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Rebalancing the British Economy

Updated on February 20, 2014

From the nineteen eighties the world and in particular Britain’s economy has been shifting from manufacturing towards finance. There was a fundamental shift in the UK and the USA towards what is known as a ‘knowledge economy’. This has created a bubble fuelled by ‘more productive’ financial instruments. The regulatory systems became light touch as the money was flowing. This all came to a head in 2008 with the global financial crisis which showed the fragility of the growth. Paul Volcher former chairman of the Federal Reserve Board said the ‘Only socially useful financial innovation of the last 50 years has been the ATM!’

As the financial sector has prospered the hidden story has been the decline of manufacturing. Once at the forefront, Britain now languishes 20th on the world rankings. Manufacturing is a long-term way of achieving economic growth which has gone out of fashion. The easy millions and billion being made in the city has become the more popular option for obvious reasons.

The solution is not as simple as to just start making things again. The UK has fallen behind in terms of technological innovation. Research and Development investment has been reducing due to the need for companies to show increased profits now and not consider the long term impact. This means that we are no longer at the forefront in many sectors making it hard to compete with the Germans or the east.

To get an understanding of the scale of the problem the current trade deficit stands at three and a half billion pounds. As an island nation which needs to bring in many essential products a deficit is understandable however the scale is disproportional. Through the 1970’s Britain maintained an almost zero trade deficit. In the eighties there were even periods of surplus trade. After a massive deficit in 1989 there has always been some level of deficit. This issue is being addressed with a greater emphasis on helping new companies but manufacturing is still a minor segment of the economy. Trade is also being aided by a weakened pound value so the numbers may suffer once value is regained. (

Manufacturing has been dying due to one primary reason which is the lower labour costs available in the east especially China and India. This has meant labour intensive processes have moved offshore. Other developed nations have taken the path of making specialist equipment like Germany.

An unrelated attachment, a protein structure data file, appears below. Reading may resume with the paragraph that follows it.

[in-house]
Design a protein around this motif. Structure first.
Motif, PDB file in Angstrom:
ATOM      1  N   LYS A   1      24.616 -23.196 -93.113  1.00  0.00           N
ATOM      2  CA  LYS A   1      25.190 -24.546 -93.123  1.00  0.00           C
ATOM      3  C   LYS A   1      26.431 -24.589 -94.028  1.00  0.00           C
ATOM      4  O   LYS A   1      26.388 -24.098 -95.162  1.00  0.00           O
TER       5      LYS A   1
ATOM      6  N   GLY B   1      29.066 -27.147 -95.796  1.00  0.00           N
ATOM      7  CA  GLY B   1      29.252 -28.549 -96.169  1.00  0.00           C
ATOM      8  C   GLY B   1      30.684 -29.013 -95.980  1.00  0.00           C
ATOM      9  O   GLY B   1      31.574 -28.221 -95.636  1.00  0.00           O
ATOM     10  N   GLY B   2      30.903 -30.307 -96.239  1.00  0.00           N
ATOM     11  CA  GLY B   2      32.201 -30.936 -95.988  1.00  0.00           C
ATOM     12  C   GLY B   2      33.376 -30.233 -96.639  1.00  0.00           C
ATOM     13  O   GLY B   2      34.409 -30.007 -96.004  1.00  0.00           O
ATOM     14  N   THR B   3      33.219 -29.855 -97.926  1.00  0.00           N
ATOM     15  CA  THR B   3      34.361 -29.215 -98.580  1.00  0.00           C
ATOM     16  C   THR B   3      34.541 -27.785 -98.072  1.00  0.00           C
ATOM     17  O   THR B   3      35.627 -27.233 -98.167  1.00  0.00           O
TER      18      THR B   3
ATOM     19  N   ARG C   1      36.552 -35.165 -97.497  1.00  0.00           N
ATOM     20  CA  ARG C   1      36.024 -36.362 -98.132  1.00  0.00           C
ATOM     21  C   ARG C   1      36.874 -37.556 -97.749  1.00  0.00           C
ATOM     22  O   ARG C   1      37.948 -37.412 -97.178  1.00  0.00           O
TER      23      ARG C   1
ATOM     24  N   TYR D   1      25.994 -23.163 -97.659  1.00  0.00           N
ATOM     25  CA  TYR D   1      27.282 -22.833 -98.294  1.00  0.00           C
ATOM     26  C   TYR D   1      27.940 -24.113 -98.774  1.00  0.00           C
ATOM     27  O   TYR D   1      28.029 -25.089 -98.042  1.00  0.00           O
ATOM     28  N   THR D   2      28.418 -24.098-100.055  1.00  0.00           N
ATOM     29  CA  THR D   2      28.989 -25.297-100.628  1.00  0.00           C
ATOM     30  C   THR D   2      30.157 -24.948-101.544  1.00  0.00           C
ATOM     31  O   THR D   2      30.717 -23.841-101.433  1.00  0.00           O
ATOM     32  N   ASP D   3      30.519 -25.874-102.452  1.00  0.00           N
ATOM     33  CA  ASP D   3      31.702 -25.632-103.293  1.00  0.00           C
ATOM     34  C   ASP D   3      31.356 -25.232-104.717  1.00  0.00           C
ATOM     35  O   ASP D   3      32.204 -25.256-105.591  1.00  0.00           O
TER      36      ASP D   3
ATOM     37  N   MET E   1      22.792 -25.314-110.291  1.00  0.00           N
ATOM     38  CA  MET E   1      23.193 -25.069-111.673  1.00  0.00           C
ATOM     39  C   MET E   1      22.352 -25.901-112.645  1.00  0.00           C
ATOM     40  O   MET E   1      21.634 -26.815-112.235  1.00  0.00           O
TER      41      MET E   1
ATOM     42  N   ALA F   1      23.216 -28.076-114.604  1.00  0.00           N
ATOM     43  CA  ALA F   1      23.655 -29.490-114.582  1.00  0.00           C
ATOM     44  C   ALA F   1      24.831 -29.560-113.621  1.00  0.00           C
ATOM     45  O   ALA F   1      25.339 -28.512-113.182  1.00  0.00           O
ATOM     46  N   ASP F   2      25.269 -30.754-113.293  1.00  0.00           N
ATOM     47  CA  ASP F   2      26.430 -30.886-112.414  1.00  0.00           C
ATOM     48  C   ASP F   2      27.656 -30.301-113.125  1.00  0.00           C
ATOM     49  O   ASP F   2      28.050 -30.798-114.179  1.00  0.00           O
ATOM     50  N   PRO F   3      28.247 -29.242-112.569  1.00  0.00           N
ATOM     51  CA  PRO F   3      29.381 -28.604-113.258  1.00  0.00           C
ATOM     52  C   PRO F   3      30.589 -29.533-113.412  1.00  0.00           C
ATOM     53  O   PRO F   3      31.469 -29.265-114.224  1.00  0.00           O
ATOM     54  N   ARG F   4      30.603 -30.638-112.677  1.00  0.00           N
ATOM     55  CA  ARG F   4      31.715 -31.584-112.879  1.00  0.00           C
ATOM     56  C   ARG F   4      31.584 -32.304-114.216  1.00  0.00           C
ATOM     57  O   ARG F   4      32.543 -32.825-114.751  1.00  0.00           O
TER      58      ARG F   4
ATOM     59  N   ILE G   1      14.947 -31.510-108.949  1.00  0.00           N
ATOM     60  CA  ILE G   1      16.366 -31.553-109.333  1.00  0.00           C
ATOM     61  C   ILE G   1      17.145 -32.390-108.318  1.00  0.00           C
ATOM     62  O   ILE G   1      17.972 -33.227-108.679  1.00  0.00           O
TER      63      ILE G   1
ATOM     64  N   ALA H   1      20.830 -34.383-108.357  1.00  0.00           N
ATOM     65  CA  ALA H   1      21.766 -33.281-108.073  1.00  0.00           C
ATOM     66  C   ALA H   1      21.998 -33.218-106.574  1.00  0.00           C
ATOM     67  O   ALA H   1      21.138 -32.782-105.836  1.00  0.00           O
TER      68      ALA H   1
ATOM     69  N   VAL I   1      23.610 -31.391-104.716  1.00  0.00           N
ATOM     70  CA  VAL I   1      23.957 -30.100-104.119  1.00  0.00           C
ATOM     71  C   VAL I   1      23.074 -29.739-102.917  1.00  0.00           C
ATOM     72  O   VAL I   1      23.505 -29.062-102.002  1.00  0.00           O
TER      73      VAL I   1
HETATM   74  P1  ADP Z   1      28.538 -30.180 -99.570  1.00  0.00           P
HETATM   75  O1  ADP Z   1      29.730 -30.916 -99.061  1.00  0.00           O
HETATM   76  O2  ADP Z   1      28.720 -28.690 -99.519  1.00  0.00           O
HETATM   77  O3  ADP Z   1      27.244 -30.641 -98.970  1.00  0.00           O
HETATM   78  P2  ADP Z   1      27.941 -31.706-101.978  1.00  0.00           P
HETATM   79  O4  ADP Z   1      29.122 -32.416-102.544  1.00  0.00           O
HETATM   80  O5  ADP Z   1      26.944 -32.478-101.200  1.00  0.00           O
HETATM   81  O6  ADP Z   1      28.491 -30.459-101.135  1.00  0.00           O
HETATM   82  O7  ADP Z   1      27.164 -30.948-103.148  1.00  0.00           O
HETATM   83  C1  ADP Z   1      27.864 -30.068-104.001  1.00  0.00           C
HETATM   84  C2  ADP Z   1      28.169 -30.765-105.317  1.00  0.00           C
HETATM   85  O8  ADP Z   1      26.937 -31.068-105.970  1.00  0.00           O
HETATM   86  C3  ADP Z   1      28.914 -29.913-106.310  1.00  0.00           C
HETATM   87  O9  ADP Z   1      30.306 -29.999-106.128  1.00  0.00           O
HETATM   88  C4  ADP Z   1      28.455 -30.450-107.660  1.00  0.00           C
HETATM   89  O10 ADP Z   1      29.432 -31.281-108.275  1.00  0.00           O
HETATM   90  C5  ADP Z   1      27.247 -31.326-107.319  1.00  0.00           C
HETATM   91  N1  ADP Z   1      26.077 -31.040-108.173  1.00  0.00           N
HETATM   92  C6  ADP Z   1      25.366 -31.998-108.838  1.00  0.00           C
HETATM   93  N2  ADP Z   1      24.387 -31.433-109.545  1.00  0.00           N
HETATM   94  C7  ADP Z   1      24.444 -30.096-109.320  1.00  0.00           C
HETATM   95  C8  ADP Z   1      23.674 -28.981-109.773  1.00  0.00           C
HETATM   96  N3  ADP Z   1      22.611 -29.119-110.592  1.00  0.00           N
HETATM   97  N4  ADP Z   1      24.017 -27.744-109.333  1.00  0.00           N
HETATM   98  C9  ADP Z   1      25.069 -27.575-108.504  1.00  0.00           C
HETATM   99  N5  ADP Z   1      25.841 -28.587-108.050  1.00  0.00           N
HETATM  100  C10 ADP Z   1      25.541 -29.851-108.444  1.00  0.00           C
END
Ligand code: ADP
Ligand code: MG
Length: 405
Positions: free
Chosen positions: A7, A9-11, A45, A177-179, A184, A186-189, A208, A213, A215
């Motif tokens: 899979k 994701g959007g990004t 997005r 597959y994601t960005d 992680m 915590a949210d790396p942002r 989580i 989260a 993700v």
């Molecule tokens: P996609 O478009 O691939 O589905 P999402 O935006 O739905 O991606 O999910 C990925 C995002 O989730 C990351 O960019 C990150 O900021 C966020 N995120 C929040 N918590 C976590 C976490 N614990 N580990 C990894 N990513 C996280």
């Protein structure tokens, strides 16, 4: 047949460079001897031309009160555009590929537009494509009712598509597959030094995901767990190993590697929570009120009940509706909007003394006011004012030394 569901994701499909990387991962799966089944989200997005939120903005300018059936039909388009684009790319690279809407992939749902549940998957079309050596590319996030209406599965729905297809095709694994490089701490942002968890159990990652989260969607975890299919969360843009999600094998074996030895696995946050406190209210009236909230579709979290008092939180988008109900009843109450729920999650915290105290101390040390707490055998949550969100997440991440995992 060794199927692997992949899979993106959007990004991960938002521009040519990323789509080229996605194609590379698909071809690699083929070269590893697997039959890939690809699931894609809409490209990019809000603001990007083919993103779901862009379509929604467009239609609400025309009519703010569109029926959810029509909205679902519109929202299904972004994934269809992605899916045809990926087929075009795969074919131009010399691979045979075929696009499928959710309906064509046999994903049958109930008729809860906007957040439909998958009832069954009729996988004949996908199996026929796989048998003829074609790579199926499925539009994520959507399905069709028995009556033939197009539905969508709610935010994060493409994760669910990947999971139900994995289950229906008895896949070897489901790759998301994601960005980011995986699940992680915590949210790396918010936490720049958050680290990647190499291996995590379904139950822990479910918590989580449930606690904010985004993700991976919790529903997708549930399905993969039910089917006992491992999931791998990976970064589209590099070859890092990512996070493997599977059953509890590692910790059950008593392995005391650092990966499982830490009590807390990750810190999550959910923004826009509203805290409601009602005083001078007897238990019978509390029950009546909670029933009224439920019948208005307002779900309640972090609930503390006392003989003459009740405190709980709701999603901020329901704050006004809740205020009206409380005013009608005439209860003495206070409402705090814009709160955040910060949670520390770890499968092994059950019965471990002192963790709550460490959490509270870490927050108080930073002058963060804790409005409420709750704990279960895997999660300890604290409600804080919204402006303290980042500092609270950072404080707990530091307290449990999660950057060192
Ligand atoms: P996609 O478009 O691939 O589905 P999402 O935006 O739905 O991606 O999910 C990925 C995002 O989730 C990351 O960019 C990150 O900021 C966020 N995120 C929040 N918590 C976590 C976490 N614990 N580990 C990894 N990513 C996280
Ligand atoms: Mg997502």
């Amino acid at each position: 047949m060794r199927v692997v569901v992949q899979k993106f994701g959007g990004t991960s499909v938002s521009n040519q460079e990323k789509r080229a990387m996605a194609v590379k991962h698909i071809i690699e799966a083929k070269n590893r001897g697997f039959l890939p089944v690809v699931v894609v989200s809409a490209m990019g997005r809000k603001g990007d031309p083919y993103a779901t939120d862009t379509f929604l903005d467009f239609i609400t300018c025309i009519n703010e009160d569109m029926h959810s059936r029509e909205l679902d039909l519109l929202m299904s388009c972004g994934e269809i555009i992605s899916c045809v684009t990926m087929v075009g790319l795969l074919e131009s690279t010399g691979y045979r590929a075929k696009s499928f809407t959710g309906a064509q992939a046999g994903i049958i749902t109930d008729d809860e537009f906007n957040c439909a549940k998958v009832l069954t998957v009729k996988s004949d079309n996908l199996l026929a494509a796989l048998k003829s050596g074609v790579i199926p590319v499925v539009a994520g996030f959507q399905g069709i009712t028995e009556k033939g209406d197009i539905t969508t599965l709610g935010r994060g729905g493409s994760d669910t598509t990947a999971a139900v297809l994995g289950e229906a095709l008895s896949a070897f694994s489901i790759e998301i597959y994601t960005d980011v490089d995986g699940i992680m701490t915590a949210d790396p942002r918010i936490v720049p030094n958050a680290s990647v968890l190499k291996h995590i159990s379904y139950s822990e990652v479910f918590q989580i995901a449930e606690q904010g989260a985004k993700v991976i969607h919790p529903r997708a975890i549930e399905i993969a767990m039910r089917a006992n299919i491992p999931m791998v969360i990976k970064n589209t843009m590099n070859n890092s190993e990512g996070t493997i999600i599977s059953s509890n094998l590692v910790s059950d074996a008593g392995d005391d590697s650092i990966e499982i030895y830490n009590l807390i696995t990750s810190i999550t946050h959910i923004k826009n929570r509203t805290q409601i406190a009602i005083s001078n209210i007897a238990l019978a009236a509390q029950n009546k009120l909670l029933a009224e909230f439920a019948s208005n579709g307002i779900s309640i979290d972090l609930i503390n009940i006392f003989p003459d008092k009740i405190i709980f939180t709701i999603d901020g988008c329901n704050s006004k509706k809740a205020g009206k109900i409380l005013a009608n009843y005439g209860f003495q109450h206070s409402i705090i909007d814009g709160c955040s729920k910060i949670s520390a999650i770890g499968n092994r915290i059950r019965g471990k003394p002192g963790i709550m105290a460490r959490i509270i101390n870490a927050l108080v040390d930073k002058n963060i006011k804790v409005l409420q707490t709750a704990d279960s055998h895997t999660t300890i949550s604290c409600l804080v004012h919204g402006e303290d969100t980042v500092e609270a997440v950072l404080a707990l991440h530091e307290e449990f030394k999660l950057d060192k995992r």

Germany was mocked for its slow level of growth while the UK steamed ahead however the current situation has turned the tables. Germany is now in a strong stable position with an economy thriving due to a strong manufacturing sector. This focus on steady long term growth is what is needed rather than a hungry quest to make a quick buck!

Now that we have seen the extent of the problem that we face we have to look at what needs to be done to rebalance the economy so we don’t return to the same problems again. In my opinion there are 3 steps which need to be taken to achieve balance.

Increasing regulation

The first and obvious step is to strengthen regulations on the financial industry. The term too big to fail was used as a reason to bail out the major financial institutions by the UK and US governments. The banks hold enormous power and must be held accountable for their actions. We must make sure that they are not able to act in such a reckless fashion again.

Encouraging business to start & grow

The fiscal meltdown has meant a drying up of investors making it very difficult to start a business. A new manufacturing business has two benefits of creating wealth which percolates through the market and also of creating jobs.

There are a number of measures which can be taken to facilitate this. For existing small companies, the government needs to give tax breaks for increasing number of employees and also make it easier for them to borrow capital.

In the US there is a new move toward seed funding which has increased from 472 new start-ups in 2009 to 1,749 in 2012. This has come on the back of a new wave of “start-up schools” which puts people with ideas and people looking to invest together. These schools also teach vital business skills that people may need in running their own business. The number of venture capital firms has more than halved since 2000 from 1000 to 462 however the number of deals made has increased from 418 in 2009 to 692 in 2012. This kind of approach should be encouraged in the UK to develop more ideas and make it easier for people to start a business.

Reducing the trade deficit

The balance of trade is maintained by keeping the selling and buying at similar levels. Where possible, every country should aim for a positive deficit by selling more than buying. This is obviously difficult as Britain is a small island nation where many things need to be imported from bananas to cars. This deficit currently stands at approximately 3 billion pounds. This figure fluctuates wildly and can be small at some times of the year. During the industrial revolution and for some time after, Britain was a global manufacturing hub. This is no longer the case with many companies moving their manufacturing to China due to the high cost of labour. This problem needs to be rectified, with a strong export sector which will create jobs and mean the UK becomes more self-sufficient. There are signs of this already improving with companies such as Jaguar Land Rover opening new factories and so creating jobs and exporting the cars to Europe.

It’s not all doom and gloom, the UK is no longer in recession but, it’s still coughing from the sickness of an unbalanced economy. It is an issue which needs to be addressed for long term stability.


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